I wish that I’d met John Murray. Instead, I have a copy of his commonplace book, the jottings of a lifetime captured by an inquisitive magpie of a publisher. A feast of quotes, observations and snippets, it amounts to the most fabulous Loobrary book ever.
In amongst the gems, one shines particularly for anyone engaged in the the business of coming up with ideas. It’s the record of an exchange between two doctors in Vienna. Factually, absolutely correct.
The first doctor: “About the termination of pregnancy – I want your opinion. The father was syphilitic. The mother tuberculous. Of the children born, the first was blind, the second died, the third was deaf and dumb, the fourth was tuberculous. What would you have done?”
The second doctor: “I would have ended the next pregnancy.”
The first doctor: “Then you would have murdered Beethoven.”
The easiest thing in the world to kill is an idea. Especially if all the precedents are less than positive. Yet, with extraordinary frequency, so many great successes are born against a background of previous failure.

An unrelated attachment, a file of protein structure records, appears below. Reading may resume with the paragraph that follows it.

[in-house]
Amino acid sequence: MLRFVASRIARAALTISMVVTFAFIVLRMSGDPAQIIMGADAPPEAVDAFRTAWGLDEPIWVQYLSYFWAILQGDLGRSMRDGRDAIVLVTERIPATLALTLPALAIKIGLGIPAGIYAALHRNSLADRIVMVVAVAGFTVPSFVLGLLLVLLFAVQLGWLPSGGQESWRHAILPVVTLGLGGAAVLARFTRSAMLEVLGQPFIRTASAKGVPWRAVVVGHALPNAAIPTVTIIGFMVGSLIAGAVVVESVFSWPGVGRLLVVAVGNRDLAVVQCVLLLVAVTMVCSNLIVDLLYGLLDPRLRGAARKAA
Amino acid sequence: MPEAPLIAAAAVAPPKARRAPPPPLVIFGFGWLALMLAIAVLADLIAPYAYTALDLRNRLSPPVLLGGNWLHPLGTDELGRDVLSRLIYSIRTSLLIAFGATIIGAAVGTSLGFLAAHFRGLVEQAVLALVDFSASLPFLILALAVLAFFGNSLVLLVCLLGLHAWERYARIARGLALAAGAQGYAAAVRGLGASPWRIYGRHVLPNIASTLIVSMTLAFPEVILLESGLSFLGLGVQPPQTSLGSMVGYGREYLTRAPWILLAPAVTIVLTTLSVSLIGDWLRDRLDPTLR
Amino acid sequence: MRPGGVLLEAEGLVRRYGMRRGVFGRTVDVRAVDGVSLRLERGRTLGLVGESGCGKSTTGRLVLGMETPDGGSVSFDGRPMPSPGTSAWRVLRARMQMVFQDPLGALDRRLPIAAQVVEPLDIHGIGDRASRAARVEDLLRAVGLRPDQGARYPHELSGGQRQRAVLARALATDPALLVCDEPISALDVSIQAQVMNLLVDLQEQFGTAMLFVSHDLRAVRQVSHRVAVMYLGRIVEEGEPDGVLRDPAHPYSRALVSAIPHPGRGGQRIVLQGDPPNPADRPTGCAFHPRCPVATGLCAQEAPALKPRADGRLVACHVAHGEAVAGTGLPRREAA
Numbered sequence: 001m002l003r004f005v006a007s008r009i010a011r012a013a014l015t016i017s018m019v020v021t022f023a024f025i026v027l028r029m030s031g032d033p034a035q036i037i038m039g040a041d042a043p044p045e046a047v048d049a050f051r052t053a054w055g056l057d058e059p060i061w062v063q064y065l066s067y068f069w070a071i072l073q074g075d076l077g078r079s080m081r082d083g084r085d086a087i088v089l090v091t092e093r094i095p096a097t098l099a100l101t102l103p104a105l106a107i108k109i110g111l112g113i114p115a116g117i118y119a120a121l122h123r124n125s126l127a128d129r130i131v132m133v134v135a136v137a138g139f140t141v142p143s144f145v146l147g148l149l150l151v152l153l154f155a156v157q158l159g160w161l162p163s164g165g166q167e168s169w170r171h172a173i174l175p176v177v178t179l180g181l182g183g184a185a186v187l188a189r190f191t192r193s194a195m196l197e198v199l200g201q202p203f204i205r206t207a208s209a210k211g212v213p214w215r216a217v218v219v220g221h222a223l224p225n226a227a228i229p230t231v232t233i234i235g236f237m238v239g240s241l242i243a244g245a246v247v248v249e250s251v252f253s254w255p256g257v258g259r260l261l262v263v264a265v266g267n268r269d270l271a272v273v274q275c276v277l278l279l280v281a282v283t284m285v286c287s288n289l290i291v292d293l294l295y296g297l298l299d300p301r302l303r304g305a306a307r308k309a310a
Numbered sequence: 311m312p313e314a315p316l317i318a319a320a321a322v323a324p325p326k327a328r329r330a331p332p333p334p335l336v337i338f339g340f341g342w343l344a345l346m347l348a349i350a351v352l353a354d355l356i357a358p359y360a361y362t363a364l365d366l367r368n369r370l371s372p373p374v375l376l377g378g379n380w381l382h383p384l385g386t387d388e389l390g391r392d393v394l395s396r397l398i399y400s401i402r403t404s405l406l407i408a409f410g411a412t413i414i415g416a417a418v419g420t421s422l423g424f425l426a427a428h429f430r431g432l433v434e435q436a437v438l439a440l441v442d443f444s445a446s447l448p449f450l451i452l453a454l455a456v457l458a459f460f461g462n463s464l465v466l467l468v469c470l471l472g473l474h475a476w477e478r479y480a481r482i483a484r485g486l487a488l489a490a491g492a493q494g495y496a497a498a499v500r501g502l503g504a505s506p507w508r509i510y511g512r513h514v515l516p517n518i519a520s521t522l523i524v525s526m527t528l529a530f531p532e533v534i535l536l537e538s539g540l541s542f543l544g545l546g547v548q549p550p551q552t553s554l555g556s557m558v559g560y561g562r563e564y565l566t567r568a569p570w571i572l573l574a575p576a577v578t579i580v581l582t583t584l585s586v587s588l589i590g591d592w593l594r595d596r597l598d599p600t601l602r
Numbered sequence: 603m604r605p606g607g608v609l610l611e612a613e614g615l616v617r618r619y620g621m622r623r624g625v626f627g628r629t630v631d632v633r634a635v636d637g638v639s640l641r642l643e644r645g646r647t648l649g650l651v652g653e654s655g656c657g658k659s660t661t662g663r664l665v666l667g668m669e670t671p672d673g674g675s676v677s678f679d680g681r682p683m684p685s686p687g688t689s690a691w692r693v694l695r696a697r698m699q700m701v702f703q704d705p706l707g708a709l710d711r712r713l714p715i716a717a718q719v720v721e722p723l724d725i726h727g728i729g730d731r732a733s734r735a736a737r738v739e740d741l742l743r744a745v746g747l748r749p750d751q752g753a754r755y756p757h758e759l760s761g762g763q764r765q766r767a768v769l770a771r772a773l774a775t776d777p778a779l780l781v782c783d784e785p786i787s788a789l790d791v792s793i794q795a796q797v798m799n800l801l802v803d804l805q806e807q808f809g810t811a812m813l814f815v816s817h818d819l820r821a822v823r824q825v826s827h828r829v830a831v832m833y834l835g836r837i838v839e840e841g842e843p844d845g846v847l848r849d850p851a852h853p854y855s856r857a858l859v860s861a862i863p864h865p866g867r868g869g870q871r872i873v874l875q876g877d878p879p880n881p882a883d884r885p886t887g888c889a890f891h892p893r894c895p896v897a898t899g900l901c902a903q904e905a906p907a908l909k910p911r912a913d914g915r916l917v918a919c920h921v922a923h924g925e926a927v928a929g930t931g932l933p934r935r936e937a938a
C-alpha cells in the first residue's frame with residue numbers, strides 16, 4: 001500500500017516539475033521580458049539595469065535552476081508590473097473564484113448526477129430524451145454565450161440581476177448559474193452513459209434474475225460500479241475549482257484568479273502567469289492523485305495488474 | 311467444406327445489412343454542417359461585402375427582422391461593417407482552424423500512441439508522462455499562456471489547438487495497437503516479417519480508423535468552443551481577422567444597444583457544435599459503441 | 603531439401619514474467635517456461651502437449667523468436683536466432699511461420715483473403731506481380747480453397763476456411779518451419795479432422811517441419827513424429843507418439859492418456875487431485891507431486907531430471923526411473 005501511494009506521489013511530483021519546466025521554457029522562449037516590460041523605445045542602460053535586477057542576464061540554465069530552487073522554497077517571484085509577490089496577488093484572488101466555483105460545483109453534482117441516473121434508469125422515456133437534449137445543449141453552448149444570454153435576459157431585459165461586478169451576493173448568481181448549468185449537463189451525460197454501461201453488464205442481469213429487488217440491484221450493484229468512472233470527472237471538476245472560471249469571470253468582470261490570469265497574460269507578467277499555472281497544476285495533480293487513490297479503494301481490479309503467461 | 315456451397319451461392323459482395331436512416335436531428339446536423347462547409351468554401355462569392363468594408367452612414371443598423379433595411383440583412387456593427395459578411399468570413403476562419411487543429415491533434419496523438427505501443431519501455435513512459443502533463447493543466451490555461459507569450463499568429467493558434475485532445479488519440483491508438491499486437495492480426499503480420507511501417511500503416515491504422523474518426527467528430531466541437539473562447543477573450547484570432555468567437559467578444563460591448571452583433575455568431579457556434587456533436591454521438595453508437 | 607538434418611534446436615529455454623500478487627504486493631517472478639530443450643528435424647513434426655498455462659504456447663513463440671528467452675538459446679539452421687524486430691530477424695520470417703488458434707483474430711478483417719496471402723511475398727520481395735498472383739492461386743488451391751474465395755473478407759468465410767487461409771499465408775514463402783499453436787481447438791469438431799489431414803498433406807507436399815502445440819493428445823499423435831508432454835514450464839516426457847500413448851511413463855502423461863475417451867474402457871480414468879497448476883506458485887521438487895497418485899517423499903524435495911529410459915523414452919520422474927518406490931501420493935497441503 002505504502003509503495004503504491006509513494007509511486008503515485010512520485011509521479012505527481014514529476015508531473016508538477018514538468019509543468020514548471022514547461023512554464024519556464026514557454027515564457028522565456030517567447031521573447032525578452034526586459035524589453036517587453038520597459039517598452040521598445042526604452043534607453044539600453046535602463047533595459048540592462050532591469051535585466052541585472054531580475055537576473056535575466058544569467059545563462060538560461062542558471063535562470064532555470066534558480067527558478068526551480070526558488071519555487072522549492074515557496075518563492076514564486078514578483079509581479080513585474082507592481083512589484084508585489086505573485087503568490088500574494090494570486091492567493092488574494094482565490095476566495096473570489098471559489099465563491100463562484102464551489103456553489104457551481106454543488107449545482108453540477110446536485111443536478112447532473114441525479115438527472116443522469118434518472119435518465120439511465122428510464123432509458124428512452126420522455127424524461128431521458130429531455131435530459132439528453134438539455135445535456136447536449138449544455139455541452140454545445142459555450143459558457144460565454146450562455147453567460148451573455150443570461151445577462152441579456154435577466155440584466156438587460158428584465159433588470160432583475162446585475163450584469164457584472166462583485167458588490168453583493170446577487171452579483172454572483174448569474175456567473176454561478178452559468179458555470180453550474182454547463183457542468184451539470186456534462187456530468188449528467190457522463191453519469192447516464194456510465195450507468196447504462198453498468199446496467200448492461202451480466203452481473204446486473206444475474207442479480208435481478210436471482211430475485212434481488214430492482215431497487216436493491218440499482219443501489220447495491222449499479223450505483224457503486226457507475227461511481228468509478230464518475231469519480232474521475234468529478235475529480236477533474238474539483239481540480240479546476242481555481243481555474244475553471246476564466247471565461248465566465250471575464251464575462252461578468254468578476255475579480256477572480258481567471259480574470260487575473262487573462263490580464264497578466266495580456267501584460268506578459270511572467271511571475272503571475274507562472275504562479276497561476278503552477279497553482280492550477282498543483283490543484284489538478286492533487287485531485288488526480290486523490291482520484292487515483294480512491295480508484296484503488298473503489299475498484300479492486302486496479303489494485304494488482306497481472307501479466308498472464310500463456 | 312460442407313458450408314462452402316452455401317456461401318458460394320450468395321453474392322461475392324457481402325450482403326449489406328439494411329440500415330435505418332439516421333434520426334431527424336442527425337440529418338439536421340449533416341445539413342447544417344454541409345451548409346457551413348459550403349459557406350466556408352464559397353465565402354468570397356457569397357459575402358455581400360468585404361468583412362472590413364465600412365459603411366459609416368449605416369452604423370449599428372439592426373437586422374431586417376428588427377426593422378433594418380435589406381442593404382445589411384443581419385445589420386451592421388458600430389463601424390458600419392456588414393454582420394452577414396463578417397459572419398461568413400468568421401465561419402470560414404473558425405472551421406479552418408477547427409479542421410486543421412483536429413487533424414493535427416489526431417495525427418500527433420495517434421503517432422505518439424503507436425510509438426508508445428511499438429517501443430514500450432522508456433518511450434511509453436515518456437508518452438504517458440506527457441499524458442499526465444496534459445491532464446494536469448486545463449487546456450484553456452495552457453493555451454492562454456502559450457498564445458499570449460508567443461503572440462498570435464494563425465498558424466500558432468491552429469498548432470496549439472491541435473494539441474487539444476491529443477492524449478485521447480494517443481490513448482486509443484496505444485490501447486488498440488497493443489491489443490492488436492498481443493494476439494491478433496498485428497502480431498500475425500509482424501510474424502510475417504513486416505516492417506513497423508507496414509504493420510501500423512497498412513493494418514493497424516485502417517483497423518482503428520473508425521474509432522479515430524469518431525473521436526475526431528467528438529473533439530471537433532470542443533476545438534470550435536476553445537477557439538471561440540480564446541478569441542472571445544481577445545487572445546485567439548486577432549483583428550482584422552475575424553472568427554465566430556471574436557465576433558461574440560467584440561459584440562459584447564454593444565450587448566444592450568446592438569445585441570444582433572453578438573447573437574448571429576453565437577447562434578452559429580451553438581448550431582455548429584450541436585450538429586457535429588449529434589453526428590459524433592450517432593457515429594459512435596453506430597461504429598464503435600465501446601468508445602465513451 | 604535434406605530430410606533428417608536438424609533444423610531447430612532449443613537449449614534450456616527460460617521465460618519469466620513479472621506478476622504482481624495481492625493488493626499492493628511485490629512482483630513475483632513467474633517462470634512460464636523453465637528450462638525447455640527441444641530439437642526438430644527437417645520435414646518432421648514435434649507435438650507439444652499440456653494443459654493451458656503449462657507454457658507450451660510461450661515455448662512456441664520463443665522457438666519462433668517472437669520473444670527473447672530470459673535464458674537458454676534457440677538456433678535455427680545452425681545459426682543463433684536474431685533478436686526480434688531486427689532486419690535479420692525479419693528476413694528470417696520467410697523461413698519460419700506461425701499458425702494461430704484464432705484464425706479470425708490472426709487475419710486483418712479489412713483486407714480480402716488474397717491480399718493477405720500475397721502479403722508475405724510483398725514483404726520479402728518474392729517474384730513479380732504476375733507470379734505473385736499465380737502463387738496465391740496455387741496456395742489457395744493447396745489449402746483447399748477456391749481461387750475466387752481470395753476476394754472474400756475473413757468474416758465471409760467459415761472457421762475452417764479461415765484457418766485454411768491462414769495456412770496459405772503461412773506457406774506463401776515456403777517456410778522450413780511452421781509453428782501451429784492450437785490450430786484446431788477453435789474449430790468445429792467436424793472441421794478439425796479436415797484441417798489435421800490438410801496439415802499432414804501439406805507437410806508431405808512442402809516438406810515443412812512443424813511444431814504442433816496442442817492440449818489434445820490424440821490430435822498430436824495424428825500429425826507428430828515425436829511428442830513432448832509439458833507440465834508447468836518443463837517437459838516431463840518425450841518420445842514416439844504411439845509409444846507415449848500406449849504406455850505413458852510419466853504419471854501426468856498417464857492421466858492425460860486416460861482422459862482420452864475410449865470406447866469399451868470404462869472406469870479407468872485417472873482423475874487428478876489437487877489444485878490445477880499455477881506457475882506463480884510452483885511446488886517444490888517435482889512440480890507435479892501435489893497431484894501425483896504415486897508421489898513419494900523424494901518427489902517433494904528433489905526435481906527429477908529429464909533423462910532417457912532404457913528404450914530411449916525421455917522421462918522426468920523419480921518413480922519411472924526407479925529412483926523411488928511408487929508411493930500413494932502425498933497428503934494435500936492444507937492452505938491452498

True, precious few advertising ideas amount to ‘a Beethoven’, but thousands of murders happen in agencies every day. Creative directors kill the offspring of whirring minds in droves. The business wouldn’t function if they didn’t. The question that hovers, perennially, over this slaughter, is whether it is the right ideas that survive. Countless bitter pints have been sunk in pubs by creative people whose work never made it out of the abattoir of their bosses’ office earlier that day.
I’ve personally killed off hundreds, probably thousands, of ideas.
I can’t say with any conviction that I have always spotted brilliance, separated it out and breathed life into its early form. I’d be lying. It takes true genius to identify the real winners at the start line. And, like great composers, genius remains a commodity in desperately short supply.